Author Marketing: The last hundred hours

In Release Your Writing, I refer to several concepts that continue to generate feedback year after year.

Last week I wrote here about the need to continue promoting your book, for years, not weeks after it launches. In the book, I suggest you do one thing each week and one larger task each month, to keep the book alive. You can read last week’s post for inspiration if you’re currently marketing your book.

Today, lets talk about my concept: “the last hundred hours.” It refers to all the work left to do on your book once you ‘think’ it is is complete.

The Last 100 Hours

When you finally have the text nailed down, and your chapters flow, it still takes about 100 hours for reader feedback, final review and editing, reading cover-to-cover, chasing down citations, and submitting for publication. Even writers with a traditional publisher need that huge time push at the end.

Don’t get scared though. It’s not 100 hours without sleep, just two to three weeks where you won’t watch TV, open the mail or read the newspaper. You will use all your available time for the final push to publication, because you’re so close to being finished, and it feels so good.

Maybe you’re tired of revising, or up against your deadline. This is not the time to rush. Your book has taken shape from a dream to a reality, but the professional editing, formatting and last minute clean up should not be rushed. Even when you think you’re done, print the manuscript, put it in a binder, and read it cover-to-cover, or read it aloud. If you love it, and you know your target audience, your readers will love the book too.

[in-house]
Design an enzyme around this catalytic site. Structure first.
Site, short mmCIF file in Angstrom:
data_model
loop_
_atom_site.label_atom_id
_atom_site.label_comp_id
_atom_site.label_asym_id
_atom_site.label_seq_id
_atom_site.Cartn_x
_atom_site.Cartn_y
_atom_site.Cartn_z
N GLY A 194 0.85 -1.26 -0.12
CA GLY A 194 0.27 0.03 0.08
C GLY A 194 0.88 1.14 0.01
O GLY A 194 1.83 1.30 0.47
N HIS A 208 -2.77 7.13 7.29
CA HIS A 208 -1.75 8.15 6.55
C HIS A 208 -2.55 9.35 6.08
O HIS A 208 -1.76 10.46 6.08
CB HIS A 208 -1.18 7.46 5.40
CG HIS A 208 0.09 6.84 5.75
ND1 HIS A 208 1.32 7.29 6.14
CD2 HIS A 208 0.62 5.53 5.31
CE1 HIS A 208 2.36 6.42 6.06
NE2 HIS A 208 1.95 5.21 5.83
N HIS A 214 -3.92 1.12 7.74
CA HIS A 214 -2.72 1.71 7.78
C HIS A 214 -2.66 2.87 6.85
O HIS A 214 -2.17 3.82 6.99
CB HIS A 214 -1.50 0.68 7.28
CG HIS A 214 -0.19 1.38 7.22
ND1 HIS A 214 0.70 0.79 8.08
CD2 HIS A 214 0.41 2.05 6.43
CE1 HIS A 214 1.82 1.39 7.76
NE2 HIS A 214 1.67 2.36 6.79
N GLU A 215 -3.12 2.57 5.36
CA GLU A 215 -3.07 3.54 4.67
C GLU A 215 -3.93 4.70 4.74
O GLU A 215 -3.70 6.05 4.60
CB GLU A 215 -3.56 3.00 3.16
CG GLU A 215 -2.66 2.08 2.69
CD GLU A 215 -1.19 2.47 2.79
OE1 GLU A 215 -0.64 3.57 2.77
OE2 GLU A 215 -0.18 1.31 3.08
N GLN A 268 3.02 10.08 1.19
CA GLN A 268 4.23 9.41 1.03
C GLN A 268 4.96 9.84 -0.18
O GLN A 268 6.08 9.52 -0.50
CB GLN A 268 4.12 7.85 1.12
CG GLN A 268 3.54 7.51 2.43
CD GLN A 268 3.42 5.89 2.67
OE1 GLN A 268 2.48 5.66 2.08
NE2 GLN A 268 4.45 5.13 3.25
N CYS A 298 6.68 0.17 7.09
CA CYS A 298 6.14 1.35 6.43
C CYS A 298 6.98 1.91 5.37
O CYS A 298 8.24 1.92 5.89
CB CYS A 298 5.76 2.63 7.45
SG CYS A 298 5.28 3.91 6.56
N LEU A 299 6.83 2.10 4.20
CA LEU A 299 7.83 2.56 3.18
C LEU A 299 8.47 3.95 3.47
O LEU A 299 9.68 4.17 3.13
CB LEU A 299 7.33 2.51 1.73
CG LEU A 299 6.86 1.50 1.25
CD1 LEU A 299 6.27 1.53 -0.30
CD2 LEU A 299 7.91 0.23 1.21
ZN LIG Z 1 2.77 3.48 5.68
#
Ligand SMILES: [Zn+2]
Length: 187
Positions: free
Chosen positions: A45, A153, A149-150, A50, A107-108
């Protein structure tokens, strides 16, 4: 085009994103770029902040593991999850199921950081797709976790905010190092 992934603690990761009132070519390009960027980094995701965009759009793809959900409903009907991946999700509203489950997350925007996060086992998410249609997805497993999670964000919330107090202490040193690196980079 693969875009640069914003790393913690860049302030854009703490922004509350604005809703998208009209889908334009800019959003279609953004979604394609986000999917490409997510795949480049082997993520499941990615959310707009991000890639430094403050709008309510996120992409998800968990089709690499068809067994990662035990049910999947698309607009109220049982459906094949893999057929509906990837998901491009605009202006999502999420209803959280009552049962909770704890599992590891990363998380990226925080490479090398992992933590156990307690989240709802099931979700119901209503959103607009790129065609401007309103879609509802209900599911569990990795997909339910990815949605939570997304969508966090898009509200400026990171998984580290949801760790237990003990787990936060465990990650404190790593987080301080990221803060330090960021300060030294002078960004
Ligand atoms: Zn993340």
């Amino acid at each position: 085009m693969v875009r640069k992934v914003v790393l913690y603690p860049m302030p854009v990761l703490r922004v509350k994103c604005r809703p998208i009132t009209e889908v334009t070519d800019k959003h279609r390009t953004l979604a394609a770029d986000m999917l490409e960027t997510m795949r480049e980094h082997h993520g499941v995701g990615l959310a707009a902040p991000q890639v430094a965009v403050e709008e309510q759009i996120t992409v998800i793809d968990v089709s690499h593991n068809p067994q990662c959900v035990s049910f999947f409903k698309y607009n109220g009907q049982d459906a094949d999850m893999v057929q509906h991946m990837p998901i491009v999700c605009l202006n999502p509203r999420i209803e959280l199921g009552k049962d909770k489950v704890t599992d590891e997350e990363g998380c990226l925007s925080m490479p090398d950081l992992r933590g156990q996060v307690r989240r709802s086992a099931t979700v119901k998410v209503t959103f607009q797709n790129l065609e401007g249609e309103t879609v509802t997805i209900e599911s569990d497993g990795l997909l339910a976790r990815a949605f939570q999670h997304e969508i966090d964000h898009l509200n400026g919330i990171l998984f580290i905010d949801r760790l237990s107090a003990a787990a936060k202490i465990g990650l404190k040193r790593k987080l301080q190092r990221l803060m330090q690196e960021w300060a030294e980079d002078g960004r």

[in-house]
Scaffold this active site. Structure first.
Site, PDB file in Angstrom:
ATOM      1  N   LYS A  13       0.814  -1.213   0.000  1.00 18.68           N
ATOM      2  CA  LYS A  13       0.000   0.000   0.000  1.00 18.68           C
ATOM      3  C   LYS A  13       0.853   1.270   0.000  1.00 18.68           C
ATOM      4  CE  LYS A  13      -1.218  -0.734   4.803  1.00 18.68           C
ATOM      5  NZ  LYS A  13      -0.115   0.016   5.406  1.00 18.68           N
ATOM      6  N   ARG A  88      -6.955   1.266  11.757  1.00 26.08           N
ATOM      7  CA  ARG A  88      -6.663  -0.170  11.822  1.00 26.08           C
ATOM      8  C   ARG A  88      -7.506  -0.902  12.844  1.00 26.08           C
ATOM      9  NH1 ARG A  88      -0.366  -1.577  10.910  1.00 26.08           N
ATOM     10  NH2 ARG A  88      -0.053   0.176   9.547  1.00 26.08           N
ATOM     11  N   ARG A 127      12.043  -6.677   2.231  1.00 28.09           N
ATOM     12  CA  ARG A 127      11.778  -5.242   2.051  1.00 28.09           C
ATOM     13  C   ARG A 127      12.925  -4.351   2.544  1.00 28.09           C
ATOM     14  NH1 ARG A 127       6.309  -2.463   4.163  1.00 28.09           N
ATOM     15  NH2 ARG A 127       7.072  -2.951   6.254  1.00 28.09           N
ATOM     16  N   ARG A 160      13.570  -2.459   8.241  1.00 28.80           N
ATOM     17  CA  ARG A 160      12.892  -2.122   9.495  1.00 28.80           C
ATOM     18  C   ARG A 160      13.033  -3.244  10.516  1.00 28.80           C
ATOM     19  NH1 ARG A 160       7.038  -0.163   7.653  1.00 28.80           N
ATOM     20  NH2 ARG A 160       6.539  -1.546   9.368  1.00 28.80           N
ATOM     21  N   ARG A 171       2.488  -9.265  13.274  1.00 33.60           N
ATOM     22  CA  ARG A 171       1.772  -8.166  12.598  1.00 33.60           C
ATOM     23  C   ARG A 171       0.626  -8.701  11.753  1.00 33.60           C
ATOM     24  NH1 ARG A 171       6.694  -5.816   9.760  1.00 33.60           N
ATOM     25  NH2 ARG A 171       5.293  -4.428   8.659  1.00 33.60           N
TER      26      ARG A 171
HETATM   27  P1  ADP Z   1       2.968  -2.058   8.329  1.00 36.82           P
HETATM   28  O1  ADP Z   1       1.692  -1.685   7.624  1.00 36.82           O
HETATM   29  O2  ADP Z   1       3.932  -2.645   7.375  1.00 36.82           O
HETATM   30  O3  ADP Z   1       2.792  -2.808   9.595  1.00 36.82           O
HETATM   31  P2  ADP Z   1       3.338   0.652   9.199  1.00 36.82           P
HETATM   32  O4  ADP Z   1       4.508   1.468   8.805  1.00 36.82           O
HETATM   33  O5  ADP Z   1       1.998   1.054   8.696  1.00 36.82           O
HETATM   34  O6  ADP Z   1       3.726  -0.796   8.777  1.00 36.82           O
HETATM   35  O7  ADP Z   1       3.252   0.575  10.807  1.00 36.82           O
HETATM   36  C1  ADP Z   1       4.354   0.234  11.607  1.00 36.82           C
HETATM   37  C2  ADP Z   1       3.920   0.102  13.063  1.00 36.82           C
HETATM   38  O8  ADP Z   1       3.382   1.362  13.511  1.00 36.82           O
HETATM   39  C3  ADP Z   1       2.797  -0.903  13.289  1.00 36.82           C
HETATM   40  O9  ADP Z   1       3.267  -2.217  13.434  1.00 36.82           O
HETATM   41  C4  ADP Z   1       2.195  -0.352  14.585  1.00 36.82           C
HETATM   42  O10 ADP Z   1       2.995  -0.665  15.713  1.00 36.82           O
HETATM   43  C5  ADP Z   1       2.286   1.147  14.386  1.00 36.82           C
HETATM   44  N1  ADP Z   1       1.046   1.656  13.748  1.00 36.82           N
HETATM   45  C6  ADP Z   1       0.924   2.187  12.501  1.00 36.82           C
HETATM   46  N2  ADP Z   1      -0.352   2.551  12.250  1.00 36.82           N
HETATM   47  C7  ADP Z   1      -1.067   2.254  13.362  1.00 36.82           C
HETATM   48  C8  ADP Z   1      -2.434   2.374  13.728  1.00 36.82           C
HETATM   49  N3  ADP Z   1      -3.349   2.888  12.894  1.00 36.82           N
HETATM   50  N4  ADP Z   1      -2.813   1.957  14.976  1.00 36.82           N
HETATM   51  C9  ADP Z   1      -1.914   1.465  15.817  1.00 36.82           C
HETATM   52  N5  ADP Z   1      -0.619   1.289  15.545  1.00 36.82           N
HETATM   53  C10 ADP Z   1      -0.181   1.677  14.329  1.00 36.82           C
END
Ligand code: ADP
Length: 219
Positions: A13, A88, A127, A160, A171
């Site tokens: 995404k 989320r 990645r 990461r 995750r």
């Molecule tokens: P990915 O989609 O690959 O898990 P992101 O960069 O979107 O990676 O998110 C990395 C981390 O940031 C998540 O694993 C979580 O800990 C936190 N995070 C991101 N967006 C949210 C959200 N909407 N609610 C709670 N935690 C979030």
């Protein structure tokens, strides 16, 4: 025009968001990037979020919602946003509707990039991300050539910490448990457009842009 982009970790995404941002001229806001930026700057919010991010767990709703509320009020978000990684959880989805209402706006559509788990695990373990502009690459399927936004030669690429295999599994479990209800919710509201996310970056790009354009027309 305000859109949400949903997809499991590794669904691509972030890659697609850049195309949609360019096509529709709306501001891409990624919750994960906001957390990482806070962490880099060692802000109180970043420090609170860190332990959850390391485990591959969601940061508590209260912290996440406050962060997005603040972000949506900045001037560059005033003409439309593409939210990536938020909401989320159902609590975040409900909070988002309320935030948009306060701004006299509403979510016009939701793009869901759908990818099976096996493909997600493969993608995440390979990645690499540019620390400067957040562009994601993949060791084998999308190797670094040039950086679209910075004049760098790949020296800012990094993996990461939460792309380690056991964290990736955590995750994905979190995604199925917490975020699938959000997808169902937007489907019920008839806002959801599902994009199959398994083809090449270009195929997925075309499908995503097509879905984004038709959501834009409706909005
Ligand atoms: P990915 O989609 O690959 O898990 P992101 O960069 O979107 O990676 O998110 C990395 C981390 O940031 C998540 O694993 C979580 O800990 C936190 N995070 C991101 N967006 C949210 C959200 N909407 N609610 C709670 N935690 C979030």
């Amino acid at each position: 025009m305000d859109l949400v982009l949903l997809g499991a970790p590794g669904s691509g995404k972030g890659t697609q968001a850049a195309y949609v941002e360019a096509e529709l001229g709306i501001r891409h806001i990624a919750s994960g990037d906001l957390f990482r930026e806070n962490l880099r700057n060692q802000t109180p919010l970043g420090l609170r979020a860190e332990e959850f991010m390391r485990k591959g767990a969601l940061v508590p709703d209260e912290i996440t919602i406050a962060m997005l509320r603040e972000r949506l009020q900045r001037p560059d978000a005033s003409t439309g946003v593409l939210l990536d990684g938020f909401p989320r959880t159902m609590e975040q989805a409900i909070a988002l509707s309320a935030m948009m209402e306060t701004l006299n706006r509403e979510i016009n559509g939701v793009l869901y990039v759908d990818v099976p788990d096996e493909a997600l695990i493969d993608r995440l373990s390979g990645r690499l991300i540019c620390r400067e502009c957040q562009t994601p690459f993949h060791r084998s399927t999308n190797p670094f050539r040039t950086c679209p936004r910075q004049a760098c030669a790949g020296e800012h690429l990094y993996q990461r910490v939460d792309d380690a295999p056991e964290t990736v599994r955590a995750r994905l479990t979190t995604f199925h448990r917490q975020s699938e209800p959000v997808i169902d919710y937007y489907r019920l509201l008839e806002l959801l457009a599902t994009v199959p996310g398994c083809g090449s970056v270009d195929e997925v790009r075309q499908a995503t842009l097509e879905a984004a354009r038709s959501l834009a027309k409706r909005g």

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Author Marketing: What’s on your list this month?

In Release Your Writing, I refer to several concepts that continue to generate feedback year after year.

One is the concept of “the last 100 hours” which I’ll post here next week. It refers to all the work left to do on your book once you ‘think’ it is is complete.

The other comes up almost every week in my work with authors. People write a good book, I consult or assist in getting it published, and spend time discussing the marketing involved to keep the book alive. But for a few people, when they reach that point, they think they are “done!”  The reality is, you can’t believe people will buy your book just because it is on Amazon.

So, to reiterate the essential concept from Release Your Writing, here it is again:

“Susan Driscoll (formerly president of iUniverse,)  notes that word-of-mouth, the top-selling factor for most books, takes that long to reach a peak. So don’t plan to sit back and wait for future sales if you’re not actively promoting the book. As the publishing adage goes: “Your book stops selling when you stop selling it.”

“Keep working the web. Do one thing a month, every month, to increase your exposure. Although your book will be on major online retail sites, you can leverage the broad reach of the web by cross listing, and linking to your book in all reviews you post online for colleagues and friends.

“Seek reviews; get in stores online and across the country. Write articles in newsletters, magazines and newspapers to get press. Work your affiliations by joining organizations that will increase your exposure and let you learn from others in your field.”